together to create those bonds that would allow the state to gain legitimacy, and also to provide justice services
in all the regions. We have implemented the program in 82 municipalities right now, and we have provided justice
services for over five million cases in the past 15 or 16 years have been resolved, even better. If you provide justice
services where people haven’t had any contact with the government, then you can ensure that in those regions,
they are not going to make justice by their own hands. They are not going to apply that saying of an eye for an eye
and—

WOLF: —a tooth for a tooth.

STROUSS: Exactly. So what we want is to reduce
and de-escalate the conflict in those regions with this Casas de Justicia.

WOLF: And prior to
the Casas de Justicia, it was kind of a vigilante justice? Or these kinds of crimes or disputes were just resolved
person to person, without any—

STROUSS: Well person to person, but this is the perfect ground
for these guerilla groups or the paramilitary to take place. If you don’t have a government, if you don’t
have a state, if you don’t have institutions or authorities, then any armed group can supply that need. And
that’s what we’re hoping to achieve with this Casas de Justicia, to create safe environments and safe communities
in which the presence of these groups is not going to be needed anymore.

WOLF: I wonder what you
saw at the Midtown Community Court today, because that shares the principle with the Casas de Justicia, of trying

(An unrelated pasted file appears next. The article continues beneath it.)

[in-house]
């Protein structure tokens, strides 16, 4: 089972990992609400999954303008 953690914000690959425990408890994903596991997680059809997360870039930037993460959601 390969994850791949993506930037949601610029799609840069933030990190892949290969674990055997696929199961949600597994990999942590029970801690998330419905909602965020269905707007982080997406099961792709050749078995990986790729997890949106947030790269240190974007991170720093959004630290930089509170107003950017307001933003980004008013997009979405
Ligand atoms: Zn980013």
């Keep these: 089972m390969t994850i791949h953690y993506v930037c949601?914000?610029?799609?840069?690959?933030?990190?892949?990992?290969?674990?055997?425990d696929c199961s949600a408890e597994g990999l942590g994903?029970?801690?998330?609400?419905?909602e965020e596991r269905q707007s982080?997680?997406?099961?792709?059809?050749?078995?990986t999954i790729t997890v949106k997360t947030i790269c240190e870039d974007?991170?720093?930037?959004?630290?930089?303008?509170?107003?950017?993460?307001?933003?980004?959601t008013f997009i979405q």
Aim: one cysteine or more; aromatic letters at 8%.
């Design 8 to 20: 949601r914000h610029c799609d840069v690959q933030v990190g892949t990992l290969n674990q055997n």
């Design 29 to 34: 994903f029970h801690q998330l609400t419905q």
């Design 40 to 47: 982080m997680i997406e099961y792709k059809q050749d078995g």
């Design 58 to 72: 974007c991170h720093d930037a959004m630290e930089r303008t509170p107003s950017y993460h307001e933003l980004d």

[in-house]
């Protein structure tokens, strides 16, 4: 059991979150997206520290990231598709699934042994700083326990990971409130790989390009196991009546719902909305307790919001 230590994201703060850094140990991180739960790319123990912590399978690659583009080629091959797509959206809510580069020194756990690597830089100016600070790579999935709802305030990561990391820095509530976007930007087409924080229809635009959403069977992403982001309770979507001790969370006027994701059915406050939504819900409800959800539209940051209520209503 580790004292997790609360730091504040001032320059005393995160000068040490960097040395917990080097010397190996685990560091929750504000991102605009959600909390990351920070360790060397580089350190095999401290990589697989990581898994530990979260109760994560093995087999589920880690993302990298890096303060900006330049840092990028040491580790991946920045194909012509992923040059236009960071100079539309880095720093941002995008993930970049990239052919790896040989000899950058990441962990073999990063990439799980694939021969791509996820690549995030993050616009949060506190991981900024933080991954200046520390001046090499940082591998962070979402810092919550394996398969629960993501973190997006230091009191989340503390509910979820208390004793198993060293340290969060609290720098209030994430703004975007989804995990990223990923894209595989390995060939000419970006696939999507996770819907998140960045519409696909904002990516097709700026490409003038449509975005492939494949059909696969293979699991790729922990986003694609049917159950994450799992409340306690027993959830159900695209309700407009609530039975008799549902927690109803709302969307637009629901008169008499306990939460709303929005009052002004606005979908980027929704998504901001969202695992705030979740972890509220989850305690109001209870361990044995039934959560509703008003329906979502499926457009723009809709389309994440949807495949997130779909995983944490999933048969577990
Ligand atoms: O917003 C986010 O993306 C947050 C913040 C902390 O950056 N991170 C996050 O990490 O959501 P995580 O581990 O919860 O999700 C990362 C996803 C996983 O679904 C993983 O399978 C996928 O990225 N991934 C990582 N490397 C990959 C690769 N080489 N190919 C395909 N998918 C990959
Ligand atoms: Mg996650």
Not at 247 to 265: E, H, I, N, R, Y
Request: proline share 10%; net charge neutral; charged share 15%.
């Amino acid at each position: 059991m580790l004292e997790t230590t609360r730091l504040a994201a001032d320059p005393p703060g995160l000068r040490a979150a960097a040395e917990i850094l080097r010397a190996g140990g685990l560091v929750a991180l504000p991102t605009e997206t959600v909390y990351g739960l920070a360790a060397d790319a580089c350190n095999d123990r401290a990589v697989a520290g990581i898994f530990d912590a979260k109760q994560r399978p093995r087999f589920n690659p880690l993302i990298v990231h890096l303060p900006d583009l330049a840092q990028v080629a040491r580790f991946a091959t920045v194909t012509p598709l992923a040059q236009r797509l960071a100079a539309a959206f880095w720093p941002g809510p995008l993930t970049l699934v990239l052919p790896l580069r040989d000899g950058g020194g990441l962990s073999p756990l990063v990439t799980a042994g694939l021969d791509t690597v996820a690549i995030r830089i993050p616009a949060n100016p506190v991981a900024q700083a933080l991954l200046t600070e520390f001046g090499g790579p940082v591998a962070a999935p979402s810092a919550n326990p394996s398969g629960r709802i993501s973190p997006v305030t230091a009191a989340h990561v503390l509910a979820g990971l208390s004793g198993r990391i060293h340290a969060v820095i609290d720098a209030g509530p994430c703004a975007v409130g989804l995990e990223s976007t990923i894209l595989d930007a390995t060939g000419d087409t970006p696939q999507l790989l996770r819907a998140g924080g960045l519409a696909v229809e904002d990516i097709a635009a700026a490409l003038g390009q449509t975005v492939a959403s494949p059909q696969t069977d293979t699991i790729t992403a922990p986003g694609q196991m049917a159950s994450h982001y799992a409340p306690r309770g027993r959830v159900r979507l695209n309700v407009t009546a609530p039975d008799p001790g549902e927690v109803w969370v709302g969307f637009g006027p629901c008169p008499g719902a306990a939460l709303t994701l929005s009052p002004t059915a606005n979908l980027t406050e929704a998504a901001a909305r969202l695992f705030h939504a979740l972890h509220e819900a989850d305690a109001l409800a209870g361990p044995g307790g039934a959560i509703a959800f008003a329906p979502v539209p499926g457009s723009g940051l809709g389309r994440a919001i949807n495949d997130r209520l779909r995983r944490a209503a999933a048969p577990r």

to bring justice into a neighborhood. It’s very different, we’re still in an urban environment, it’s
not the countryside, but I wonder if there was something in what you observed there that you see as similar, or any
ideas that you think might be applicable?

STROUSS: Well, the very interesting part of the community
court is that first it changes the whole way that people interact with justice. because if you think about the ordinary
model in which people interact with justice it’s just through lawyers, in very complex ways, and legal procedures,
legal complications. But this is very close to people. This justice is very close to them, that the justice becomes
not a friend, but a person that is close to the community and one of them, that works with them and not against them,
to try to solve the day by day problems—problems that arise every day. So it’s very interesting to see how it
works and how it handles the drug abuse problems in the community. Because that could trigger a lot of other problems,
persecution, alcohol related crimes. We got a lot of ideas so we can start seeing the way that this will fit according
to Columbian needs.

WOLF: It sounds like you’re taking real advantage of this opportunity
to do a thoughtful job to rebuild the justice system.

STROUSS: Well that’s the idea. That’s
why I’m getting paid. So—

WOLF: Well I want to thank you very much for taking the time to
talk with me. I know you’ve had a busy week.

STROUSS: Well thank you, Rob. It’s been
a very interesting and insightful visit, and of course I enjoyed very much this talk.

WOLF: I’ve
been speaking with Miguel Samper Strouss, the Vice Minister of Criminal Policy and Restorative Justice in Columbia,
who’s been visiting with justice officials and observing programming in the United States. You can listen to
this and other New Thinking podcasts on our website and on iTunes. I’m Rob Wolf, thanks for listening.



Leave a Reply

*